Last chance to see Javan rhinos? One hopes not …

May 29, 2008

News that conservation group WWF has captured rare footage of the critically endangered Javan rhino is bound to set a few hearts racing in the wildlife loving community.

You can view the footage of the mother and calf here.

With fewer than 60 believed to be left in the wild, the footage provides a fleeting glimpse into the secretive world of this one-horned creature on its dwindling home turf on the Indonesian island of Java, where most reside.

The Javan is the world’s rarest rhino species and is probably the rarest large mammal species in the world.

Rhinos everywhere — there are five extant species — are threatened though the news over the past few years has been mixed.

In Africa, the southern white or square-lipped rhino has made a remarkable recovery after it was pushed to the brink of extinction a century ago. It now numbers several thousand mostly in South Africa. 

But the nothern subspecies of the white rhino is almost extinct in the wild with just a few animals left in the war-ravaged Democratic Republic of the Congo.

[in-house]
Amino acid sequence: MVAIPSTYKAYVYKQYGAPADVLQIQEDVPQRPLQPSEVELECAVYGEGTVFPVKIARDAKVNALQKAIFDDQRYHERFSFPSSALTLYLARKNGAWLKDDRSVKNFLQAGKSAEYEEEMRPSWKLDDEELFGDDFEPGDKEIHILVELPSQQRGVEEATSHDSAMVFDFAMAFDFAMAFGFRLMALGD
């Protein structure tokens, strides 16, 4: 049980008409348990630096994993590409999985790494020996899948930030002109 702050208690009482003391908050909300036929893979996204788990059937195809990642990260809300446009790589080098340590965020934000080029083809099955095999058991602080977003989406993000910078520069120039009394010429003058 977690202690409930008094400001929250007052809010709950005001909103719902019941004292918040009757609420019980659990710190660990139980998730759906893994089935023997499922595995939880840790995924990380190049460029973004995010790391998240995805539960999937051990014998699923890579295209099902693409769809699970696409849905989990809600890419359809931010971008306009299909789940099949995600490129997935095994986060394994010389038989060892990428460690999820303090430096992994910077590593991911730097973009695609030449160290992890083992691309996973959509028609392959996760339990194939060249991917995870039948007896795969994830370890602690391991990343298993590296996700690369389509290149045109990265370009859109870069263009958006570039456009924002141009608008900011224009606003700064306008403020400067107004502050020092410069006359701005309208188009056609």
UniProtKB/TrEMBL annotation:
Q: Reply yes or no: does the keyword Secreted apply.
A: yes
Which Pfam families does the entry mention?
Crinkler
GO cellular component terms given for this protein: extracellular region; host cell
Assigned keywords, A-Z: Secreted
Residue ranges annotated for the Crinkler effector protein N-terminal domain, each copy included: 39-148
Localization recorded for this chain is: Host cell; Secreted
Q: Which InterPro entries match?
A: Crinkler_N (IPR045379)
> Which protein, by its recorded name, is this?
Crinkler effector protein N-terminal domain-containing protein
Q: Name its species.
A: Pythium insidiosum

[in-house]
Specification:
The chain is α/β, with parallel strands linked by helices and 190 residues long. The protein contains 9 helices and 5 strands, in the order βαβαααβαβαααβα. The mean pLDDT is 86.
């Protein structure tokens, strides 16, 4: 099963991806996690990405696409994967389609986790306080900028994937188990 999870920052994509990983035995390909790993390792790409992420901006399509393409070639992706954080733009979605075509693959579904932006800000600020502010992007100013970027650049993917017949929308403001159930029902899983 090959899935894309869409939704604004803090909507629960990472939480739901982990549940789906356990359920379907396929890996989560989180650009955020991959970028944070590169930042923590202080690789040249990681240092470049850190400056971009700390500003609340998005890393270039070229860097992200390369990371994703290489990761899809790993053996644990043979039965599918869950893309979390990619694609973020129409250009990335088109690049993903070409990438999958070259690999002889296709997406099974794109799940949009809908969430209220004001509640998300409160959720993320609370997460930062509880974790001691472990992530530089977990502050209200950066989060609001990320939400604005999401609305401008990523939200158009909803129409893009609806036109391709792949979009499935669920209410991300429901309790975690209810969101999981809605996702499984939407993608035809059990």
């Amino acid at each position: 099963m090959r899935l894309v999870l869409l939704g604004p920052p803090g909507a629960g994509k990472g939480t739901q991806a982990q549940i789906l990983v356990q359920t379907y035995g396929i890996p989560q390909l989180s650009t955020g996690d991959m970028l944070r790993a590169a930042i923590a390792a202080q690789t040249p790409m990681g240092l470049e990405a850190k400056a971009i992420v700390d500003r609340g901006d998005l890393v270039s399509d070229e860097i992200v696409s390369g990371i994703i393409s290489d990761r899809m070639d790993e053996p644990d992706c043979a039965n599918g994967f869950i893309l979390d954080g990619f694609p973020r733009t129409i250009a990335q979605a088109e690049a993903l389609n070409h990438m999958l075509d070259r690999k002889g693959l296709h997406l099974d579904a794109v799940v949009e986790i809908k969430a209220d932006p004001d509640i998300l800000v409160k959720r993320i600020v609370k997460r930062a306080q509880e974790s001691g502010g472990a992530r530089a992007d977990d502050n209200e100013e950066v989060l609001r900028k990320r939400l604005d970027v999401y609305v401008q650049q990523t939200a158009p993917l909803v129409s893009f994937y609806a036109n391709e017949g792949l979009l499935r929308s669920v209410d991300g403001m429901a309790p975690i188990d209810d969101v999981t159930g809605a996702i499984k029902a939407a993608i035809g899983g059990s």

The black rhinos of Africa have seen their numbers rebound in the south but may be extinct in west Africa.

Habitat destruction and hunting for their horns, which are valued for medical reasons in Asia and to make daggar handles in Yemen, have been the chief culprits leading to this sad state of affairs.

So the footage caught on WWF’s remote cameras of the Javan rhinos is cause for celebration.

The late great science fiction writer Douglas Adams once co-authored a delightful non-fiction book about some of the world’s rarest wildlife creatures called “Last Chance to See.”

So savour this footage of the Javan rhino and hope we have other chances to see them in the wild in the future.

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